“I would appreciate their vote and would be their voice. Your vote, your voice for all the constituents of District 518. I don’t have a set agenda, but there’s a lot of debate on the school bond and I certainly want to represent both sides to the best of my ability and go forward.”


Mike Harberts “I’m running for school board of ISD 518 because of my passion to support our school district and my care for the children and employees. My extended family has had a lifetime commitment to the school district and we have been blessed in many ways by it. It’s time for me to give back.

“I’m not blindly seeking this office. I’ve seen over the last couple of years how much commitment of time, energy and study a good school board member needs to offer to properly serve the district and their constituents.

“I won’t pretend to have all the answers as I know there’s much to learn. But the same time I hope to become a voice of reason and balance that can start to tip the board in more productive directions. With some exceptions, I’ve seen a bit too much ‘groupthink’ by the board. I suspect there are other board members who have sound judgment and good ideas but are often hesitant to raise them. Or if they do, they defend them too meekly.

“If elected, I hope to serve as an encouragement to my fellow board members to see them offer their unique perspectives. Such new ideas, managed well, might lead the board in much more productive directions.

“Overall, I believe the administration and the board have managed the operating budgets well, on behalf of the district. Maybe too well. Cash reserves are nice to have but excessive cash reserves might indicate a diminished need for the operating levy. With my financial management experience, I would like to take a more serious look at the budget, seeking to maintain all our necessary programs while at the same time looking for some taxpayer relief.

“I am troubled, though, by a series of large capital expenditures made by the school board in the last few years without voter input. I.e. Bus shed $3 million for real estate and the recent $10+ million ALC/gymnastics facility.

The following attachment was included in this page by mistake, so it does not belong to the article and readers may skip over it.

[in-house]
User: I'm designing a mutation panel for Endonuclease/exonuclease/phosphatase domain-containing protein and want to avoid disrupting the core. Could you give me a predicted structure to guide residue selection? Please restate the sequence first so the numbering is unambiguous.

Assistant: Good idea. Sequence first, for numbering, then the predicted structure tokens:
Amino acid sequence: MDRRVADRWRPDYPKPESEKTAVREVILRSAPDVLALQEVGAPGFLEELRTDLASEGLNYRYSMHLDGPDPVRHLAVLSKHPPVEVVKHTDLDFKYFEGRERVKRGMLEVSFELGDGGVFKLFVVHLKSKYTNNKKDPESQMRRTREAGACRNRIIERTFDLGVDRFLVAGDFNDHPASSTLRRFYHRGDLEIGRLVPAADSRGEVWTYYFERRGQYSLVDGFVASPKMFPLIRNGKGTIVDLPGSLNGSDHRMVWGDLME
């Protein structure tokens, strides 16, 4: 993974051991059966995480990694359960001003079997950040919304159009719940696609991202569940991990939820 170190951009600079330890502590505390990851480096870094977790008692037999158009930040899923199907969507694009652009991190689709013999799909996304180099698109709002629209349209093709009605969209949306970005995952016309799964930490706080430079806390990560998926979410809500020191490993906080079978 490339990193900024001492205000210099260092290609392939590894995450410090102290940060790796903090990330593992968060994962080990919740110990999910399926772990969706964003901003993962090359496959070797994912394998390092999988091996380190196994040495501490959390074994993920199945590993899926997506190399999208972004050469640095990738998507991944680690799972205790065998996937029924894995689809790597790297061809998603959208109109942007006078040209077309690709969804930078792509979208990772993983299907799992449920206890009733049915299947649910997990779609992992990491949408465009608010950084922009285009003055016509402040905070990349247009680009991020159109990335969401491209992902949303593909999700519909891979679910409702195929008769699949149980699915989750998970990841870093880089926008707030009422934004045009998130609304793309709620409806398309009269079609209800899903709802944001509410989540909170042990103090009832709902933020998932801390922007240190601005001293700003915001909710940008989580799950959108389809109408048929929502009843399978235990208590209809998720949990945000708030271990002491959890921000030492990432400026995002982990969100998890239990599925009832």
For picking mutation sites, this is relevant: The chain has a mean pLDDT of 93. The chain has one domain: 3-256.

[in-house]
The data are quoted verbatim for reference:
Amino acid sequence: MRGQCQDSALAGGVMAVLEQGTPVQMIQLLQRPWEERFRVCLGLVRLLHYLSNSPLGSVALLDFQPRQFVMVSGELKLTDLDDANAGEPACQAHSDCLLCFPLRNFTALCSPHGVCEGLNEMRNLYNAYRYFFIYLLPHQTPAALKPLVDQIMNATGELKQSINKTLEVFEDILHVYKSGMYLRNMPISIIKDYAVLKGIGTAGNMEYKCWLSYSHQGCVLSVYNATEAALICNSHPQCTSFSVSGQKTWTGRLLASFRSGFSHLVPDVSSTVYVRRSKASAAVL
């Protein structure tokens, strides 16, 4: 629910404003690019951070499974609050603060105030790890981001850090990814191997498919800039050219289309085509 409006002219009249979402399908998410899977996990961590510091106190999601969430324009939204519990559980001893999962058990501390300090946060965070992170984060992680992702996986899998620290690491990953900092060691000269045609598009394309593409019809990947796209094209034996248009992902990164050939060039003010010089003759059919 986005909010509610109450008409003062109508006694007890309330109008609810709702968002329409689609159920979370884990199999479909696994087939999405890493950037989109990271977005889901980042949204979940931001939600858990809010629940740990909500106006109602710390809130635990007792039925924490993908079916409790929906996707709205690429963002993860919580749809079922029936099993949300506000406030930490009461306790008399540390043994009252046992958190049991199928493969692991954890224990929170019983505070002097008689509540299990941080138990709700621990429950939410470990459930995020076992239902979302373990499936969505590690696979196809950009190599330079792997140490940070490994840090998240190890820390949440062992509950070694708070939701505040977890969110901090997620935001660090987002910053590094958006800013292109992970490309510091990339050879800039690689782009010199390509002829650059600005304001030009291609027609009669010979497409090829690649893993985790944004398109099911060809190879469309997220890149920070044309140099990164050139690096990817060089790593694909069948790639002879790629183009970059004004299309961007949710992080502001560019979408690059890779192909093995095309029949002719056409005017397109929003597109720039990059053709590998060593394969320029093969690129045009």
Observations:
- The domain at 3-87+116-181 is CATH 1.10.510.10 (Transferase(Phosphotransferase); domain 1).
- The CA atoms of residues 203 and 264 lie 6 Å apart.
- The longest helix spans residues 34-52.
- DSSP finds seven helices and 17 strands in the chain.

“I have not been an advocate for an expensive new high school and athletic complex. Win or lose this school board seat, I do intend on voting no on the upcoming February proposal. But if elected to the board, I want to be part of an effort to truly address our space and scheduling needs for Worthington ISD, all the while recognizing that the large majority of district stakeholders simply can’t afford the current proposals. I want to help steer the district in a positive, new and affordable direction to meet these needs, one that will help bring our community back together.

“But I can’t do it without your help. Please vote for me, Mike Harberts, for ISD 518 school board on Nov. 7. Thank you.”

3773033+090917.N.DG_.MikeTHarberts rgb.jpg

Related Topics: EDUCATION
What To Read Next
“Why would we create new major programs, when we can’t even fund the programs that we have?” a public education lobbyist said in opposition to Noem's three-year, $15 million proposal.
The North Dakota Highway Patrol investigated the Wednesday, Jan. 25, crash.
Fundraising is underway to move the giant ball of twine from the Highland, Wisconsin, home of creator James Frank Kotera, who died last month at age 75, 44 years after starting the big ball.
“We see that when things happen in the coastal areas, a few years later, they start trending toward the Midwest,” said Rep. Ben Krohmer, serving his first term in the House.